In fact, it almost seems like Doctor Strange's opening sequence was an afterthought designed to hammer home the "these are the bad guys" schtick and grab the audience's attention from scene one, rather than tell the story with an unfolding intrigue. Are Marvel really so worried that audiences will get bored after thirty minutes of hero-building with no superpowers on display? They managed perfectly well with 2008's Iron Man, as I recall.
Anyway, I notice that the three Sanctums - Hong Kong, London, New York - providing equally-spaced supernatural cover to the world are all in the Northern Hemisphere. Who's protecting Australia? Thor, when his accent slips, I imagine…
The Marvel Cinematic Universe movies preceding it (although that's not essential to enjoying this).
For the heachache-inducing spectacle, yes.
Not really, but only because of the strength of the cast..
No, but I will grill you mercilessly for reasons.
I'm not hearing one :(
Level 1: The score for Doctor Strange is provided by one Michael Giacchino, who's also on musical duties for Rogue One. In fact, I mentioned this in the footnotes last time.
I have reservations.
*1 Basically, Predator would have been a much better movie (and it's already a great one, remember) if the opening sequence of the alien craft crashing from space into the jungle had been cut from the movie altogether. That way, the reports of an unsubstantiated threat in the undergrowth would have been as elusive to the audience as they would to Schwarzenegger's Schaefer, and the gradual reveal of his nemesis would have greater weight as a result. Instead, everyone in the auditorium (okay, living room, these days) knows that a UFO has landed because they've watched it happen, and it's just a case of clock-watching until the Yautja reveals itself. The opening shot manages to rob the film of its mystery and suspense, leaving a disposable action-flick in its wake.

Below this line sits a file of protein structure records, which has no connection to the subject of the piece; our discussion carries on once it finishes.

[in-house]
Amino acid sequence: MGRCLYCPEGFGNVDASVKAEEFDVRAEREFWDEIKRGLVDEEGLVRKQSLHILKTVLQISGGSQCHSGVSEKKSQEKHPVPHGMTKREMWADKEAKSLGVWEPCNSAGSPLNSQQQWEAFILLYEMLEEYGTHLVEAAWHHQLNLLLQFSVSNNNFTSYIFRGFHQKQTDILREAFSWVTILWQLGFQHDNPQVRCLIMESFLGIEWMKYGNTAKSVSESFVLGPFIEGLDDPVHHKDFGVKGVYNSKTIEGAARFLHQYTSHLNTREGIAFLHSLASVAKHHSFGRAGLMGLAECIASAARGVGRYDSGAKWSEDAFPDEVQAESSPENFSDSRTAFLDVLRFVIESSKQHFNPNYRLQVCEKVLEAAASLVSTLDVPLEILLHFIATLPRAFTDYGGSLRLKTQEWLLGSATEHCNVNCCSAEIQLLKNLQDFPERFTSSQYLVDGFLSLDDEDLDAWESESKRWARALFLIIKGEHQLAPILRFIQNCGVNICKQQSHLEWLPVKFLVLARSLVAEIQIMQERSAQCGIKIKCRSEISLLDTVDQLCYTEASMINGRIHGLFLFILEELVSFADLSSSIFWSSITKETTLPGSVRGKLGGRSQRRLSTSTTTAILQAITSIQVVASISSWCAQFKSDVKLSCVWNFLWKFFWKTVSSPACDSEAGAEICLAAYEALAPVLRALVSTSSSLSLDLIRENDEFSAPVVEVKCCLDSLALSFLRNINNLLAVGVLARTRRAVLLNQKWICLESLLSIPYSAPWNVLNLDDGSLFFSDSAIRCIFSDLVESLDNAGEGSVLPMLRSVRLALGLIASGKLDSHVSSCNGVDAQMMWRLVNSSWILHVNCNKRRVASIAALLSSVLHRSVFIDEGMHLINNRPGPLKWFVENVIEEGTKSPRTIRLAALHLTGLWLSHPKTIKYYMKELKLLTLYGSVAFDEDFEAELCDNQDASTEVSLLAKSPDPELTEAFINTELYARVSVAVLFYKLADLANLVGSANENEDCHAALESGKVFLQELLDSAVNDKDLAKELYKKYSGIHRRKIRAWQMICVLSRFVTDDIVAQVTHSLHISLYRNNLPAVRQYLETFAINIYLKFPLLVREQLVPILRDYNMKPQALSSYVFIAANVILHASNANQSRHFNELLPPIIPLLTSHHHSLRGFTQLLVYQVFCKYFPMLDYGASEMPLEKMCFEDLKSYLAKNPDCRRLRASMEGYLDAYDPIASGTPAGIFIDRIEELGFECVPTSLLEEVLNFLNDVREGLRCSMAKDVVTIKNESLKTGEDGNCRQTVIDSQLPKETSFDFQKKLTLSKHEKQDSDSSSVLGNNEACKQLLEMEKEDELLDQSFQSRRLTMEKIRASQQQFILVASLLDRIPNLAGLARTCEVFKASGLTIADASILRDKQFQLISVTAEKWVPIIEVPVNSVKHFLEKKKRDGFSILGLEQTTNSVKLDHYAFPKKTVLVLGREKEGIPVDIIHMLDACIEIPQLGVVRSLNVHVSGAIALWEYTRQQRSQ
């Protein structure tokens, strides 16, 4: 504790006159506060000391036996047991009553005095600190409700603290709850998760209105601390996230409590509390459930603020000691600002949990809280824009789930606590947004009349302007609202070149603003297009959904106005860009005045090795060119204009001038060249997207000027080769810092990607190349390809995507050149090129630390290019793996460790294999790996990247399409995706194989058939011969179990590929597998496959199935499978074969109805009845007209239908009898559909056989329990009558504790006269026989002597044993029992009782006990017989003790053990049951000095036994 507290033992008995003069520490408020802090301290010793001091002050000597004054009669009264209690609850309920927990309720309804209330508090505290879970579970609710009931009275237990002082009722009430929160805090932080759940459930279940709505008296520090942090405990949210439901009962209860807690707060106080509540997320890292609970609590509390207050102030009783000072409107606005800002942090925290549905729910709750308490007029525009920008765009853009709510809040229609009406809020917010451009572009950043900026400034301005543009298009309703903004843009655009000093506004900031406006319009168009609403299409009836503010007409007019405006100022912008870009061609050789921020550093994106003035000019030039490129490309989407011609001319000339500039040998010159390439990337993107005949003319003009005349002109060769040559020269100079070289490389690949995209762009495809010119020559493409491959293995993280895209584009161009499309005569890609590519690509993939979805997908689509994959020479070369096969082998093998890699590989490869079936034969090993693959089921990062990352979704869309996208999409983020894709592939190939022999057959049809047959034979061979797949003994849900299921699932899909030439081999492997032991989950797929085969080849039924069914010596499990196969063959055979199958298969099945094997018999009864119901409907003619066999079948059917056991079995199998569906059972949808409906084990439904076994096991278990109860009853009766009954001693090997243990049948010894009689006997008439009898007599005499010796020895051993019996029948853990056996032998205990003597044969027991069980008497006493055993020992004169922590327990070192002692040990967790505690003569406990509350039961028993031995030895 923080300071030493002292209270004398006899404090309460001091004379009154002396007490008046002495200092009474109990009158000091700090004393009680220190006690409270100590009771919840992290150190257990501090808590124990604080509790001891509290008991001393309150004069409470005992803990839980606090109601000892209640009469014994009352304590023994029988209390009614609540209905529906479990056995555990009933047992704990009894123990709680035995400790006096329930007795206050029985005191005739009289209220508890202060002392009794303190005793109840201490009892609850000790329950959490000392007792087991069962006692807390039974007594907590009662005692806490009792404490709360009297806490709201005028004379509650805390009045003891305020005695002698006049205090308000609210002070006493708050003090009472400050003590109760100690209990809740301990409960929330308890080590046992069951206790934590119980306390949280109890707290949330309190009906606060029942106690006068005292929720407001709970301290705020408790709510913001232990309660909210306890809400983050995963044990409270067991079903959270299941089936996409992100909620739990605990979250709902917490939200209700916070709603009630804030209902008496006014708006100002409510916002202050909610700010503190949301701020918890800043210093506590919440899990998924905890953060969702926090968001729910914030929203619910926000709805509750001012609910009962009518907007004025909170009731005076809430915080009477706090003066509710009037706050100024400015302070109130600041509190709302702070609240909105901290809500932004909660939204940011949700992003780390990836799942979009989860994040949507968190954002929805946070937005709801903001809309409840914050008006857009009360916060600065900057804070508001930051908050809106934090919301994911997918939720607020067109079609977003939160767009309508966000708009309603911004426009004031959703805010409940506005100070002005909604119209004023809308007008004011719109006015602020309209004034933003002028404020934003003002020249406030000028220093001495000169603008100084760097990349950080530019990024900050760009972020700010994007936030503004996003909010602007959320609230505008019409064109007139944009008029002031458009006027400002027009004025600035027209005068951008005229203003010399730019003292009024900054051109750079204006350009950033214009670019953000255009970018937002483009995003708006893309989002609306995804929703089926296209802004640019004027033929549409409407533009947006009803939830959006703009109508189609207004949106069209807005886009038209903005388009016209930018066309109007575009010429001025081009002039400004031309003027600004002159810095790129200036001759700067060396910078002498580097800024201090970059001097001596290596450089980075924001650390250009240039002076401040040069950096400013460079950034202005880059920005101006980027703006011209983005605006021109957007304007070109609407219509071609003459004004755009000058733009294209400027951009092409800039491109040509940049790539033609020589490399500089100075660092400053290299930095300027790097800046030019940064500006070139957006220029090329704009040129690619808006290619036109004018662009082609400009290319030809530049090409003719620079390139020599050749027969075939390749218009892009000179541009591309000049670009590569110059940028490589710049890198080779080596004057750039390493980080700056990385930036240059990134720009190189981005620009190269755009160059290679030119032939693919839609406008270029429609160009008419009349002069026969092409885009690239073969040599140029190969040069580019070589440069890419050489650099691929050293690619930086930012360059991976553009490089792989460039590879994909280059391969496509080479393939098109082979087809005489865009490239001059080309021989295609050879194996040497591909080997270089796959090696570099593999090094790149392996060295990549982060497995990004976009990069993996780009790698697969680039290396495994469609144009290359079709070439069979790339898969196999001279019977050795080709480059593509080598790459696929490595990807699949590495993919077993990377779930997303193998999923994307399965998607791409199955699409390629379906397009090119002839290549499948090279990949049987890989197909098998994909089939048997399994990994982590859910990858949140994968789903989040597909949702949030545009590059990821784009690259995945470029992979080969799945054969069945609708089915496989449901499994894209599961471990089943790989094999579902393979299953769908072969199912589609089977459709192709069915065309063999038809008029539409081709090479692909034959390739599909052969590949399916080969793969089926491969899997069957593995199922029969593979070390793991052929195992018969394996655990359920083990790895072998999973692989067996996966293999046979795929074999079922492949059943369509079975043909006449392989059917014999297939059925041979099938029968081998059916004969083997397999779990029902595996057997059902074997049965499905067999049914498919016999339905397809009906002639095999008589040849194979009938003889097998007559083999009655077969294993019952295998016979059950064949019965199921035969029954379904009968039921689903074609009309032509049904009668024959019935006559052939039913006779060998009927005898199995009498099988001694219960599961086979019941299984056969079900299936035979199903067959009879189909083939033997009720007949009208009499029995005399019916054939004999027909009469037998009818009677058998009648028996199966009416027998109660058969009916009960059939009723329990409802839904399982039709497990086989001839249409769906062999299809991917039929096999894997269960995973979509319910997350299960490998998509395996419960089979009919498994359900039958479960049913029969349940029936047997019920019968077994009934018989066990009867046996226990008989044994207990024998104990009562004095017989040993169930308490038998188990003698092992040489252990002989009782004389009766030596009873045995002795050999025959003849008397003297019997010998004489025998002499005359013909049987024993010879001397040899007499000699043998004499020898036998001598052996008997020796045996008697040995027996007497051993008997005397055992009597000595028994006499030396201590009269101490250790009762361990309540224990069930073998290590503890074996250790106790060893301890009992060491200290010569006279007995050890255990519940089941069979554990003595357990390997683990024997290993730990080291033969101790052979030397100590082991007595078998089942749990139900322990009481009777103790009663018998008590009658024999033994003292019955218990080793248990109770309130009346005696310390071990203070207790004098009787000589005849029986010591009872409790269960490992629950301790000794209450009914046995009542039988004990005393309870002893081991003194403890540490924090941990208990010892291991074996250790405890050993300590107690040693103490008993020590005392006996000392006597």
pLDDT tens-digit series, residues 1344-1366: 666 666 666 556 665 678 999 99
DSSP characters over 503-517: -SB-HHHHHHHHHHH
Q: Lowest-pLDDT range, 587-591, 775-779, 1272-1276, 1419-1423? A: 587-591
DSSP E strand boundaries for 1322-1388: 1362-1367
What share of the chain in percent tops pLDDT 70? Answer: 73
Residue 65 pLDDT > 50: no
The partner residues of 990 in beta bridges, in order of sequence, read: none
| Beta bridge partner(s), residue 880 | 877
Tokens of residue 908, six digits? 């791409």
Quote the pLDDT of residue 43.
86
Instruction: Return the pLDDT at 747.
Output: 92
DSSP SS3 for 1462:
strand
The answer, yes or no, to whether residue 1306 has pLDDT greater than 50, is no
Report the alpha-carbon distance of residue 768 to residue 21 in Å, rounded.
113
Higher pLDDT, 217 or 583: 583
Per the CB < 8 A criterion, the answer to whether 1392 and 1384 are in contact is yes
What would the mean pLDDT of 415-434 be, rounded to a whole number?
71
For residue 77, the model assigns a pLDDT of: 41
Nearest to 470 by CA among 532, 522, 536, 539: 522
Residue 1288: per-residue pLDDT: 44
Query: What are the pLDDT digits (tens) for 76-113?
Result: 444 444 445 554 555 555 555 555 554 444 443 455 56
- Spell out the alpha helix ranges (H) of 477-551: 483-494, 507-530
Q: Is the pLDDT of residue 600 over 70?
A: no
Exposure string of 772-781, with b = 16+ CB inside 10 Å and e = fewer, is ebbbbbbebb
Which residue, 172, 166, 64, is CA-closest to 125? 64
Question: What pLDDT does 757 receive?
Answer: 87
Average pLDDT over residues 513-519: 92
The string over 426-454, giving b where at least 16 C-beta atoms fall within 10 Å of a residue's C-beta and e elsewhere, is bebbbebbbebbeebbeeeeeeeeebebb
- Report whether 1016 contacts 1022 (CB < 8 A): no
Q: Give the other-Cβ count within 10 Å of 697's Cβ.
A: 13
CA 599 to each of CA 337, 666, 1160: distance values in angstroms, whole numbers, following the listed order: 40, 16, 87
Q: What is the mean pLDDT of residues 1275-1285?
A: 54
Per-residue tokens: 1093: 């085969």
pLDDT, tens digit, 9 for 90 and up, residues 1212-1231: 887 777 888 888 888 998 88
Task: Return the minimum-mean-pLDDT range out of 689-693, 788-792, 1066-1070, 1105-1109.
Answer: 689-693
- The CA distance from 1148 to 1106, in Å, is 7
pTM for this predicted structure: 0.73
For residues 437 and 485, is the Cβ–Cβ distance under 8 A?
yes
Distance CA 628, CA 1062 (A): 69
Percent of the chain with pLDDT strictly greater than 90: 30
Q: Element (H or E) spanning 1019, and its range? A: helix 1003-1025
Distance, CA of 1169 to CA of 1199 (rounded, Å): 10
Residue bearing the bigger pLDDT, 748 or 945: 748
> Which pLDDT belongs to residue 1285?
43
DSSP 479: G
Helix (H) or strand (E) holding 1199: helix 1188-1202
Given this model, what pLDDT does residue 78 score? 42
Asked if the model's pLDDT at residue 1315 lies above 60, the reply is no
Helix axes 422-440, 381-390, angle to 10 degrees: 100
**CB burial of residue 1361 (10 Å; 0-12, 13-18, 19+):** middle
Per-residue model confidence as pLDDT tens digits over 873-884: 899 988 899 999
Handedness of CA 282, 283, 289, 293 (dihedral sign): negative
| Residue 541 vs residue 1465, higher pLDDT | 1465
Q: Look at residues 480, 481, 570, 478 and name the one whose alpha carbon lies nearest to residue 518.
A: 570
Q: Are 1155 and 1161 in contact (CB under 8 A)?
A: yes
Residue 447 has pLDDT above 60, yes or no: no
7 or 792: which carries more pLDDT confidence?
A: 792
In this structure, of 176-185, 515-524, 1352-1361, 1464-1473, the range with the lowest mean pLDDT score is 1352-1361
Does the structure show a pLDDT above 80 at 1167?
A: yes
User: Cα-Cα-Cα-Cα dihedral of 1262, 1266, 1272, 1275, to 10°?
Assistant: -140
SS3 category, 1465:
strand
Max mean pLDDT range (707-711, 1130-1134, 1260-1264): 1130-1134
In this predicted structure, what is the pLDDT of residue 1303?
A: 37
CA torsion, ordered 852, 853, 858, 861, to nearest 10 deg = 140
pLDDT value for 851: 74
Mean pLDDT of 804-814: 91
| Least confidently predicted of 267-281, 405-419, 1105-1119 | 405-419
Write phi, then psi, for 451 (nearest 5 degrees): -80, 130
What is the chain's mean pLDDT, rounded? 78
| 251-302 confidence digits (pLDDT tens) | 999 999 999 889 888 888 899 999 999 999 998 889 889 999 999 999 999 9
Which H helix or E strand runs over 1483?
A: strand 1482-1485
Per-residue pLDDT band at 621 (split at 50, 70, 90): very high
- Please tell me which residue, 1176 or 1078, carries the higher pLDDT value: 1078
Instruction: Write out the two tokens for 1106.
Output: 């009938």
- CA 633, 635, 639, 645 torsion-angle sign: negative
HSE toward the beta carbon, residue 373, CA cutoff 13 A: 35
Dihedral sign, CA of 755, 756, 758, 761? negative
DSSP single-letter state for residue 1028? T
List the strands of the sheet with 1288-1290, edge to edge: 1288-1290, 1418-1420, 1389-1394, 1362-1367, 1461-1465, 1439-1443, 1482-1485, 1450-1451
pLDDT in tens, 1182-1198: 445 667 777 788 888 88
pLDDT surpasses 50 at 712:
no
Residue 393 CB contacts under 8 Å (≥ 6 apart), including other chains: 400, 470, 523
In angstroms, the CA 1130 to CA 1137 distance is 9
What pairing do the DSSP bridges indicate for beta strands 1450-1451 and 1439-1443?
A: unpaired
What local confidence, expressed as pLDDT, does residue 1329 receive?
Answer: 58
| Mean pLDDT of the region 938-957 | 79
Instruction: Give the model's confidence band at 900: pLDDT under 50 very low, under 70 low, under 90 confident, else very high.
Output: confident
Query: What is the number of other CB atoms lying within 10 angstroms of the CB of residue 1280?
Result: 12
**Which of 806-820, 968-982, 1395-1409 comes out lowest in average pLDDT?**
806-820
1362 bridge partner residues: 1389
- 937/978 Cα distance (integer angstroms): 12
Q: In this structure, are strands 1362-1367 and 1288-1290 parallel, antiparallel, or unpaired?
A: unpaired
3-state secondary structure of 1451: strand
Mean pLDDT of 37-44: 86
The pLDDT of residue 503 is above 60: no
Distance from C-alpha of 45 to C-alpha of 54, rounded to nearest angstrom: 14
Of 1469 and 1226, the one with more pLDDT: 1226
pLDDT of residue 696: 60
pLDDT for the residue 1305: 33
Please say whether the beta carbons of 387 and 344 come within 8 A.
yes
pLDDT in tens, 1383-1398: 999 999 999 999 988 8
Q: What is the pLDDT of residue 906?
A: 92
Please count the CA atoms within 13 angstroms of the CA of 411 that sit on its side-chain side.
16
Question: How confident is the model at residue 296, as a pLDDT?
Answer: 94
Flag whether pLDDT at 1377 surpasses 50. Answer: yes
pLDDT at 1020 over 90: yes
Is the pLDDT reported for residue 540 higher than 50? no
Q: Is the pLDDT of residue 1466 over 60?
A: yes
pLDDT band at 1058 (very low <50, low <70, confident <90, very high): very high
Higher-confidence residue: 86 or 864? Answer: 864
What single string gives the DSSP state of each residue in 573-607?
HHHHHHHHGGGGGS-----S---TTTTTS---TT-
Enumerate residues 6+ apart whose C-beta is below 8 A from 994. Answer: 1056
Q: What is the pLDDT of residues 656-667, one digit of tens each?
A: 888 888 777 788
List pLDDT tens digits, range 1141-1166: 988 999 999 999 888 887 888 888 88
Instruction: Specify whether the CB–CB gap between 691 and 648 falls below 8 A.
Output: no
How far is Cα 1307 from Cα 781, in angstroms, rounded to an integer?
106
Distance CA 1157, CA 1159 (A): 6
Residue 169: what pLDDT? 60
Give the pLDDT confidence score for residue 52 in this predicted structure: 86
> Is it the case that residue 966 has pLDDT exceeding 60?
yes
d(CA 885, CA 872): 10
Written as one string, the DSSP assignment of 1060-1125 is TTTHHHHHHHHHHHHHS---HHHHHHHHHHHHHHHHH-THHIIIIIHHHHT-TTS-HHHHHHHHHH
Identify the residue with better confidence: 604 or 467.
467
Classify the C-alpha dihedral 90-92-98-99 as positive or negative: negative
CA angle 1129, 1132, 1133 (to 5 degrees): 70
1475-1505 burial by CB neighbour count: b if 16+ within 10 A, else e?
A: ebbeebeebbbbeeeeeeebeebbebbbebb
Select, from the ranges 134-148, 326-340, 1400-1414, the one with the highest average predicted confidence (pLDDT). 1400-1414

*2 Indeed, the recurring problem in the Marvel Cinematic Universe is how to balance the villains. If you spend time in a hero's origin story to sufficiently build their nemesis from scratch, you risk detracting from the hero's screen-time. They need a measure by which to test/prove their own strength, of course, but have the villain killed at the end of the first film and it feels like a one-dimensional, token character (cf Abomination, Whiplash, Malekith). Whereas if you don't permanently despatch the villain, the hero hasn't beaten their challenge and the film can feel like nothing's really been achieved (cf The Chitauri and Thanos, even though that one's building up to Infinity War). All you can do really is at least give your villain a decent amount of personality in the meanwhile (cf Red Skull, Ronan the Accuser, the Trevor Slattery Mandarin), or give them a sliding-scale of morality (cf Loki, Winter Soldier).
*3 Kaecilius and his gang had the librarian incapacitated while they stole the pages anyway, there was no actual need to kill him if they thought they were skilful enough to carry out the heist. Worried he'll leap into a portal and follow you? Break his legs before you go. That way he suffers the humiliation of having to explain to The Ancient One how he failed to stop the theft (damn I'd make a great supervillain). But if the pages are as powerful as Kaecilius believes (and they are, remember), then leaving survivors behind becomes irrelevant, surely?
• ^^^ That's dry, British humour, and most likely sarcasm or facetiousness.